August 2016: 10 things to do for $10 or less

By Laura Douglas-Brown | Emory Report | Aug. 2, 2016

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Celebrate the return of the weekly Emory Farmers Market with Tomato Fest on Tuesday, Aug. 23, one of several entertaining and educational events this month. Emory Photo/Video

Looking for something to do in the remaining days before the start of the new academic year? Check out these entertaining and educational options, from campus events to Emory discounts on Atlanta attractions.

1. Go to "boot camp" for Emory's new learning management system.

Over the course of the 2016-17 academic year, Emory will migrate from Blackboard to Canvas for the University's learning management system. Make sure you are prepared for the transition by attending Canvas Boot Camp, a one-hour overview of Canvas' basic features and functions. Sessions kicked off Aug. 1 and continue through Aug. 12; several have filled, so be sure to sign up in advance.

2. Take a walk beneath Emory's hospitals.

Get exercise during your lunch break while avoiding the heat. Meet Me @ The Tunnel, a free six-week summer walking group, concludes with a noon walk on Aug. 3, but the tunnels that connect Emory University Hospital, Emory Clinic, the Center for Rehabilitation Medicine and Children’s Healthcare of Atlanta at Egleston are always open for walkers. Tunnel murals offer health and fitness tips along with beautiful images of Georgia scenery.

3. Experience an innovative dance performance from an Emory alumna.

The Lucky Penny, a nonprofit arts group co-directed by Emory alumna Blake Beckham, presents "OneAnother," a new contemporary dance work choreographed by Beckham, Aug. 4-7 at Emory's Mary Gray Munroe Theater. A meditation on pairing, the show features five female dancers exploring "the deeply felt urge to seek a mirror in others." Tickets are $10 with Emory ID.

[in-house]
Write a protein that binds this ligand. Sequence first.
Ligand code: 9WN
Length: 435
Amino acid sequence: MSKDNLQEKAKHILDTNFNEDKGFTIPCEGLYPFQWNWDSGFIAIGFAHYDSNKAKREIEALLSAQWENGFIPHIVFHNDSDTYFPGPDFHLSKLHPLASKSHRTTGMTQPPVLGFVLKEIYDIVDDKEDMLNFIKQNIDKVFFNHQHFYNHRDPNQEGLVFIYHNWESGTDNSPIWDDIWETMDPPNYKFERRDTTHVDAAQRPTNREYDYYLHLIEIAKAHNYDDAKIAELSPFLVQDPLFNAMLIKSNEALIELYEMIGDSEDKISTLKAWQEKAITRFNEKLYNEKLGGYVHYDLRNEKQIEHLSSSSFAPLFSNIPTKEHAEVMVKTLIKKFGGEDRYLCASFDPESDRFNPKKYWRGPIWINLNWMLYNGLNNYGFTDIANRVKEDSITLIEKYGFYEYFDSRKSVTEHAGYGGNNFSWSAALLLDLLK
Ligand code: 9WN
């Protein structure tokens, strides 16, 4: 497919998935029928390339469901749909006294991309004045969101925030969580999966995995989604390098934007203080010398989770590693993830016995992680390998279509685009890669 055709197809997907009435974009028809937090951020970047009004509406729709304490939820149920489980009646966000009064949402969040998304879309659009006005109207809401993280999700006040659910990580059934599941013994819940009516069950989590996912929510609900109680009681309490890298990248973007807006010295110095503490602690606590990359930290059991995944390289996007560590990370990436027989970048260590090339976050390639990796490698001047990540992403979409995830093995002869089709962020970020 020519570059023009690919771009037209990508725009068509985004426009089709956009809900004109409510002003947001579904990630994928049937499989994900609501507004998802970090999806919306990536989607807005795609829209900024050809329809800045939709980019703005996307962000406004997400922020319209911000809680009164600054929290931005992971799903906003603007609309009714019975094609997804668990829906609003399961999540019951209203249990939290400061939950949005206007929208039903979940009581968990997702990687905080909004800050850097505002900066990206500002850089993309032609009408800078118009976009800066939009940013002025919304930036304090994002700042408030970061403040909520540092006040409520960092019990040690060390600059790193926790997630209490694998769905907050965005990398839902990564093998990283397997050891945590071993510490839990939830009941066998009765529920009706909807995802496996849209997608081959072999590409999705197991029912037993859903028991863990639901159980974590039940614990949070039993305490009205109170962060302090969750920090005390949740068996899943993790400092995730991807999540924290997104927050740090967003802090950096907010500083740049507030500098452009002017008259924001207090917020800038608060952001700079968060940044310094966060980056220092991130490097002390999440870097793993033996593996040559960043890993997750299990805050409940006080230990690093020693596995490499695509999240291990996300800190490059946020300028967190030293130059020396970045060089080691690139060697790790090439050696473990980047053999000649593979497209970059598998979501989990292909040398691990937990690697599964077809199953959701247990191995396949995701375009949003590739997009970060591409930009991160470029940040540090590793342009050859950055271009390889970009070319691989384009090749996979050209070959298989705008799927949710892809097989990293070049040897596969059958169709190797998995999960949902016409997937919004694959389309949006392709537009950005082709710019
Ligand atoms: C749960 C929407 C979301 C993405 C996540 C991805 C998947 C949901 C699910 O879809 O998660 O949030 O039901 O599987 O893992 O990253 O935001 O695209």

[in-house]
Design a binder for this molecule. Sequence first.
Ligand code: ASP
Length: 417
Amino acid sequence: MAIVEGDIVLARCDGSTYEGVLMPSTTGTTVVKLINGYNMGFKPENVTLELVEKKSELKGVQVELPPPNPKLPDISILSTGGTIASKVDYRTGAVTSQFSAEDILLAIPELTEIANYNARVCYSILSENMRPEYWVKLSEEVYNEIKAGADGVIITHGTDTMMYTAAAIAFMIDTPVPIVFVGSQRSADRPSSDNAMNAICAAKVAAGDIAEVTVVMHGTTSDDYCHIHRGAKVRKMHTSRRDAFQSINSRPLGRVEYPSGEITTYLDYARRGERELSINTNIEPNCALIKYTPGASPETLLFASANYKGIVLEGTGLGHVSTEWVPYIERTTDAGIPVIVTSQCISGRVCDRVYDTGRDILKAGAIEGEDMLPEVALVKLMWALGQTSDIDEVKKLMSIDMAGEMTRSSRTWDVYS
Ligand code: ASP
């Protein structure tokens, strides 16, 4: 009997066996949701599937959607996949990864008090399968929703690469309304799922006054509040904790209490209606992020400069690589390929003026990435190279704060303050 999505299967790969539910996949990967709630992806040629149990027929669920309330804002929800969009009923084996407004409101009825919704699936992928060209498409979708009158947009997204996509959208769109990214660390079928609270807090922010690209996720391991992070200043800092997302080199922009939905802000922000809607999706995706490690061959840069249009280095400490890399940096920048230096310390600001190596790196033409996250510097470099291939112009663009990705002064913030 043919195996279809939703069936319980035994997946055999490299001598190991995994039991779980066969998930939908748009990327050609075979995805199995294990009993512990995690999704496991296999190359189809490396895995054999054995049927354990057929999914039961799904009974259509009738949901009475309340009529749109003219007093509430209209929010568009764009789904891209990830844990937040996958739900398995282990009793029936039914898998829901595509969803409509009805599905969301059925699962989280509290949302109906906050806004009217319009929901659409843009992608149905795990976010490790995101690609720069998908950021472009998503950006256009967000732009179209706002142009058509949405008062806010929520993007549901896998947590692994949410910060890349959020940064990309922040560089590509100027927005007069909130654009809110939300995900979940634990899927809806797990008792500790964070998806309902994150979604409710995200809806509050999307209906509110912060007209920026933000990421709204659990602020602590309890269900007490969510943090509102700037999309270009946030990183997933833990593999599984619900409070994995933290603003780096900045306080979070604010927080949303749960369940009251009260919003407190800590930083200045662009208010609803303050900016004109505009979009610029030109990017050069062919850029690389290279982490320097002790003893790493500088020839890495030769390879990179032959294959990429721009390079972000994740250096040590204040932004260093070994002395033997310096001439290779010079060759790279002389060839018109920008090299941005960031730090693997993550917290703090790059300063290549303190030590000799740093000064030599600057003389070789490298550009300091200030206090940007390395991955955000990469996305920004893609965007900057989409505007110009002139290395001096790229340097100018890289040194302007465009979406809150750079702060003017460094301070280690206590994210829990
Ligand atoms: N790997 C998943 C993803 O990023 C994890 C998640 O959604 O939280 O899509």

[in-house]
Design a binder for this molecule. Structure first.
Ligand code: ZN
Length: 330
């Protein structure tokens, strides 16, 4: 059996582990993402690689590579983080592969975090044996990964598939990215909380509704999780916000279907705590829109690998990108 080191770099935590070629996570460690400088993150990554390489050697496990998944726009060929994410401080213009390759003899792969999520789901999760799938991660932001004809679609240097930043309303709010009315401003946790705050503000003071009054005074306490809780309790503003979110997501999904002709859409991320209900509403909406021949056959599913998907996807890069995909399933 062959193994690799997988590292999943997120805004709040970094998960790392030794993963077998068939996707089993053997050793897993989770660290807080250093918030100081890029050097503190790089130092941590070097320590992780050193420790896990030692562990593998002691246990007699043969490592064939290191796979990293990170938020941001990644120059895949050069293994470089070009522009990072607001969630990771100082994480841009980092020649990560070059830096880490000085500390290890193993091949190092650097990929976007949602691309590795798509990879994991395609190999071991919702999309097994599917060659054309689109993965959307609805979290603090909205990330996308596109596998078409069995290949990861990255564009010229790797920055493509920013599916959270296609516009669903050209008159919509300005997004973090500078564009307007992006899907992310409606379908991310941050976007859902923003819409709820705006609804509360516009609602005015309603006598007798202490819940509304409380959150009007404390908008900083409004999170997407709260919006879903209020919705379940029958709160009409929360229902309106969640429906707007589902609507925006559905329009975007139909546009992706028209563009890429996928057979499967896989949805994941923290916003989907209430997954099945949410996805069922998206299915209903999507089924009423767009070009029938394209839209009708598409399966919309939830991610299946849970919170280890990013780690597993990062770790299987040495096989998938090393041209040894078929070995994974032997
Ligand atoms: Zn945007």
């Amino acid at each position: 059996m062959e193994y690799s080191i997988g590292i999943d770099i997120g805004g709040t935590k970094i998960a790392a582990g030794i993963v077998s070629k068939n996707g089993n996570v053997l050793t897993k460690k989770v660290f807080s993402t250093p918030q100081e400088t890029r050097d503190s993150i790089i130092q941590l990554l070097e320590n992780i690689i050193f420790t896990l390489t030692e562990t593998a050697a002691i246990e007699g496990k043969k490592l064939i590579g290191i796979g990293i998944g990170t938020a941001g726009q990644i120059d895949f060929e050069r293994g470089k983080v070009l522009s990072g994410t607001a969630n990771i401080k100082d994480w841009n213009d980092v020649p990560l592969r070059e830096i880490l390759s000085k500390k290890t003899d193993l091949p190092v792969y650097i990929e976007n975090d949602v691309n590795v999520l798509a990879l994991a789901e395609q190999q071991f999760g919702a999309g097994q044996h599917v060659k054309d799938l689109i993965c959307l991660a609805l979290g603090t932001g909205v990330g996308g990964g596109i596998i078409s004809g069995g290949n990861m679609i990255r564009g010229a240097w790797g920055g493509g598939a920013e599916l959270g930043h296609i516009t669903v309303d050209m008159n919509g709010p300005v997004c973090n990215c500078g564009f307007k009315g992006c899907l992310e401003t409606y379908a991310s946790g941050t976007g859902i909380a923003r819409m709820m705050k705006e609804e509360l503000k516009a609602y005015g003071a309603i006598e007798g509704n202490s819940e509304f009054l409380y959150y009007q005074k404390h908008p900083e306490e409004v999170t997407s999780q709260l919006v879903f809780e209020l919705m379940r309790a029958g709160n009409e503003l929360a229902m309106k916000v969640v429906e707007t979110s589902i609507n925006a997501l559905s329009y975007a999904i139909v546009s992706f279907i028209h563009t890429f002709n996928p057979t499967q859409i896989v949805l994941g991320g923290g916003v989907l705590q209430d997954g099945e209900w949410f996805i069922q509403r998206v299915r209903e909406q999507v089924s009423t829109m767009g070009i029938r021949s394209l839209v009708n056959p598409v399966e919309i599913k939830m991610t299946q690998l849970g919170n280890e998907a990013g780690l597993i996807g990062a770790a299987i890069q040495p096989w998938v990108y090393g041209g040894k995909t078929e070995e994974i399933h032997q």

4. Visit the Carlos Museum's new African galleries.

Curated to offer valuable insight into African artistic expressions, the artwork in the Carlos Museum's African galleries reflects the size and diversity of the African continent. The newly redesigned galleries open to the public on Aug. 6. Admission is free for Emory faculty, staff and students.

5. View exhibits (and the Atlanta skyline!) from the Rose Library.

It's been almost a year since the renovated and renamed Stuart A. Rose Library opened on the top floor of Woodruff Library, offering a beautiful home for the University's manuscript, archive and rare book collections along with stunning views of the campus and city. The wide central corridor is lined with display cases featuring a selection of literary and historical treasures, including Alice Walker's Pulitzer Prize.

6. Gain support with balancing work-life responsibilities.

The start of new school year can bring extra pressures to caregivers and families. The Emory WorkLife Resource Center offers free online workshops on a variety of topics; options for this month include "Financial Wellness: College Financial Planning" (Aug. 10); "Parenting Your Teen: Success in School" (Aug. 11); "Parenting Your Child with Special Needs: Regarding Education" (Aug. 16); and "Caregivers Network: Guilt-Free Vacation" (Aug. 17). And don't stress if you can't listen live: Talks are recorded and sent to everyone who registers for them.

7. Celebrate Tomato Fest and the return of Emory's weekly farmers market.

The popular Emory Farmers Market went monthly for the summer, but returns to its weekly schedule on Aug. 23 with Tomato Fest. The market will be held each Tuesday from 11 a.m. until 3 p.m. at the Cox Hall Bridge, weather permitting. Many items cost less than $10.

8. Hear an Emory Medal winner reflect on "My Father and Atticus Finch."

Emory alumnus, Emory Medal winner and adjunct law professor Joseph Madison Beck wrote "My Father and Atticus Finch: A Lawyer's Fight for Justice in 1930s Alabama" about his dad, Foster Beck, who defended a black man accused of raping a white woman. Beck reflects on his father's role in State of Alabama vs. Charles White, Alias, which was in the public spotlight when Harper Lee, who would grow up to write the classic "To Kill a Mockingbird," was a child. Beck will discuss the book and sign copies on Thursday, Aug. 25, at 12:15 p.m. in the Hunter Atrium of Emory Law.

9. Enjoy discounted tickets to an Atlanta Braves game.

Emory employees can purchase inexpensive tickets to Atlanta Braves baseball games through Sparkfly, which offers a variety of discounts on shopping, events and more. Ticket prices vary based on the game category (ranging from "premier" to "super value") and seating locations. Six games in August offer upper box seats for $10; tickets in this section are only $9 for the Aug. 30 game against the Padres.

10. See a movie at Regal or AMC Theatres.

The ticket desk in the Dobbs University Center offers reduced-cost tickets to several local attractions, amusement parks and theaters. Tickets for Regal Cinemas and AMC Theatres (green pass) are just $10 at the DUC, so be sure to compare prices before you head out to catch a movie.